23rd October 2017
When it comes to the question ‘who should pay the most in taxes’, the pervading philosophy has been to raise taxes on the wealthy. The rich have more money, so they can afford to pay a bit more. But how much do the wealthy actually pay in taxes? Are they truly paying their fair share? A recent survey by the Canadian Taxpayers Federation (CTF) aimed to address just this question.
What percentage of Canada’s taxes are paid by the wealthy?
A recent study by the CTF has revealed some surprising results. Canada’s wealthiest individuals are actually footing a large amount of the country’s tax bill. The two tax groups who pay the most in taxes are Canadians who earn over $100,000 a year (before tax) and Canadians who make more than $250,000 a year.
According to the study, Canadians who make over $100,000 pay the largest amount of Canada’s tax bill. While this group is made up of only 8.4 percent of the population, 52 percent of all Canada’s income tax was paid by this group in 2014.
Next, Canadians who earn more than $250,000 annually constitute 1 percent of the population. According to the CTF survey, this group was responsible for 21 percent of all income tax revenue collected by the federal government.
Between these two high earning groups, 73% of all Canada’s tax revenue is collected. Still, while few people will likely feel sorry for these wealthy individuals, the survey shines a light on the common argument that “the wealthy don’t pay enough tax.”
A history of high tax rates for the wealthy
As Canada’s tax system is based on the amount of money individuals earn, higher taxes on the wealthy are nothing new. However, since the Liberals took office in late 2015, they have concentrated on fulfilling their campaign promise of raising taxes on the upper class. A new income tax bracket was formed dedicated to Canadians who earned $200,000 per year or higher. This group’s tax bill was raised from 29 percent to 33 percent.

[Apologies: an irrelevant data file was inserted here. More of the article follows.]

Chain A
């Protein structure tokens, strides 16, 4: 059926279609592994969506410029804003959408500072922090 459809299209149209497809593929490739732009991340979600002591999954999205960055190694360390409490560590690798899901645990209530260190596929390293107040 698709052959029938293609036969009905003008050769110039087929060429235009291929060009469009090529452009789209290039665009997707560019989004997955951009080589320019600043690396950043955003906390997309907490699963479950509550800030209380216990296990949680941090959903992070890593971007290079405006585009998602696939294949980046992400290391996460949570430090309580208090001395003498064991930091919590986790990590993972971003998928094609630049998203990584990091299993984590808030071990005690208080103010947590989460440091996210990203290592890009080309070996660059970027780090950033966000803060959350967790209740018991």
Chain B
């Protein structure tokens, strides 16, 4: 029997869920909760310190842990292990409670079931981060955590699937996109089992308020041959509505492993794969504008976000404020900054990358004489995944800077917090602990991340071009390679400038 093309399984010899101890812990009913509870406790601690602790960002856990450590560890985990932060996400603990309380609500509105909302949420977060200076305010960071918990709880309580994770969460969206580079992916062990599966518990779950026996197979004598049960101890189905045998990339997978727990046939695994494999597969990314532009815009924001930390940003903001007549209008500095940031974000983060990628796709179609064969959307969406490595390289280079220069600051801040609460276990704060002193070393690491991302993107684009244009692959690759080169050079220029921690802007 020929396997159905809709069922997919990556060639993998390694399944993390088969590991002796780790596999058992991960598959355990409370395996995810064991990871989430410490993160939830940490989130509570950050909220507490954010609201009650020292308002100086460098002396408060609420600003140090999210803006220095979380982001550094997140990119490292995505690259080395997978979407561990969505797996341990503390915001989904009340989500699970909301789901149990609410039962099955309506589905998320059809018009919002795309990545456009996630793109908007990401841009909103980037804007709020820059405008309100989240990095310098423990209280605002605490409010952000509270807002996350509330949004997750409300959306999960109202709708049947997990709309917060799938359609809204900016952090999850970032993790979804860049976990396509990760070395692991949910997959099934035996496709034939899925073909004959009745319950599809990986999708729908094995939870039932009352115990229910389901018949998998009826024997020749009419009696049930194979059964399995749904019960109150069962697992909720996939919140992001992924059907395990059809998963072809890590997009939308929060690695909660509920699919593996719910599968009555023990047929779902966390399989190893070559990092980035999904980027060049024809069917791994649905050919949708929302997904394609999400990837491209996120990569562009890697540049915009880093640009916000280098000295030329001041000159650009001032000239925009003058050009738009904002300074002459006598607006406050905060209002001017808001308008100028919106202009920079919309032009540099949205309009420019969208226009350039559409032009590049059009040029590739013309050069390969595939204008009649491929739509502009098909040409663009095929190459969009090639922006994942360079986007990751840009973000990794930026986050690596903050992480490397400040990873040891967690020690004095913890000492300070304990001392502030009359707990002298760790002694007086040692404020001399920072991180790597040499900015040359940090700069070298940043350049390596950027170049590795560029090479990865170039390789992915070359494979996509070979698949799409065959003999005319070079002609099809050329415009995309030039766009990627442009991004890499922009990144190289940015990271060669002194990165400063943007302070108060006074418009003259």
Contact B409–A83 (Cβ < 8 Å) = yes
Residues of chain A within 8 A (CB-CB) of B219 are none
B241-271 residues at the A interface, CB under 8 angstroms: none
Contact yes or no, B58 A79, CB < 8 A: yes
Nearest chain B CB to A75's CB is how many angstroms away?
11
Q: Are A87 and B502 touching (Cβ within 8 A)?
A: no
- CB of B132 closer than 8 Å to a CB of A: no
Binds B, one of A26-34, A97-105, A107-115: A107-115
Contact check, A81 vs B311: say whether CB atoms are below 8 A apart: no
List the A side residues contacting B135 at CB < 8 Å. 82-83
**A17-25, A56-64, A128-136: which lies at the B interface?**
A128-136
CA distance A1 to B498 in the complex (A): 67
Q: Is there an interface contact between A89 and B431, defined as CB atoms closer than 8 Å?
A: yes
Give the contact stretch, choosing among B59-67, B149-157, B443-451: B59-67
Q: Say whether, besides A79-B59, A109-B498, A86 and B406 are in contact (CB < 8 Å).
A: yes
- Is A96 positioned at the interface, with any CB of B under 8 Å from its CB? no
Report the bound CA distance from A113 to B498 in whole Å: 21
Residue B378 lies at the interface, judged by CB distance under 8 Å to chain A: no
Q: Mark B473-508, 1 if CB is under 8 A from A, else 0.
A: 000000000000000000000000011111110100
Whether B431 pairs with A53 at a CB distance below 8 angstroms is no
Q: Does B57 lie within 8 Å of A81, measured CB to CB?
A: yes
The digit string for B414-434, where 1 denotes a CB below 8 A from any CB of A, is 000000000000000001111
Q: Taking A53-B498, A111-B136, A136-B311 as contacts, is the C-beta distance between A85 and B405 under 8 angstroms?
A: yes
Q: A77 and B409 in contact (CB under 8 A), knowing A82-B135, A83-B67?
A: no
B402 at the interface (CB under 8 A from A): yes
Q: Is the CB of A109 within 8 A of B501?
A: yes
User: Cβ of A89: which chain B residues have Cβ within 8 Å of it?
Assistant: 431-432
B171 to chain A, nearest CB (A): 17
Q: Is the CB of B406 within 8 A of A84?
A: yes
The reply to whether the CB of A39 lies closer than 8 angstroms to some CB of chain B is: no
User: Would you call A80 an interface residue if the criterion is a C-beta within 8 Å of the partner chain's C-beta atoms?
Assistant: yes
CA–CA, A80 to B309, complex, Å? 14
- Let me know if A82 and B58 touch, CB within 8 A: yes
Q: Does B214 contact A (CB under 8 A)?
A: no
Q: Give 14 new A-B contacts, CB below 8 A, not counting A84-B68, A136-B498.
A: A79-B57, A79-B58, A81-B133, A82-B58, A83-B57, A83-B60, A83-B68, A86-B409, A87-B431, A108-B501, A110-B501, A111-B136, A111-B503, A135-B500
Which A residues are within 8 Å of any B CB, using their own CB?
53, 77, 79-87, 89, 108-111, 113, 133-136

Recently Prime Minister Justin Trudeau claimed this is still not enough, falling back on the old argument that “the middle class pay too much in taxes and the wealthiest don’t pay enough” noted Mark Milke, author of the CTF study.
Milke’s study shows that this belief is simply not true, and he commented, “The middle class could always use a tax break. But it is false to say higher income Canadians do not pay their fair share.”
While the statistics revealed by the survey are surprising, the CTF may have another agenda. The group is also asserting that Canada’s taxes are too high in general, noting, “The most recent statistics from 2015 show the general revenues to all Canadian governments amounted to 38.6 percent of (gross domestic product).”
Whether or not the results of the CTF’s survey change the perception of the wealthy’s tax responsibility, is yet to be determined. Will current tax policy change? Will taxes be reduced for all Canadians? This survey may play a role in answering these questions in the coming years.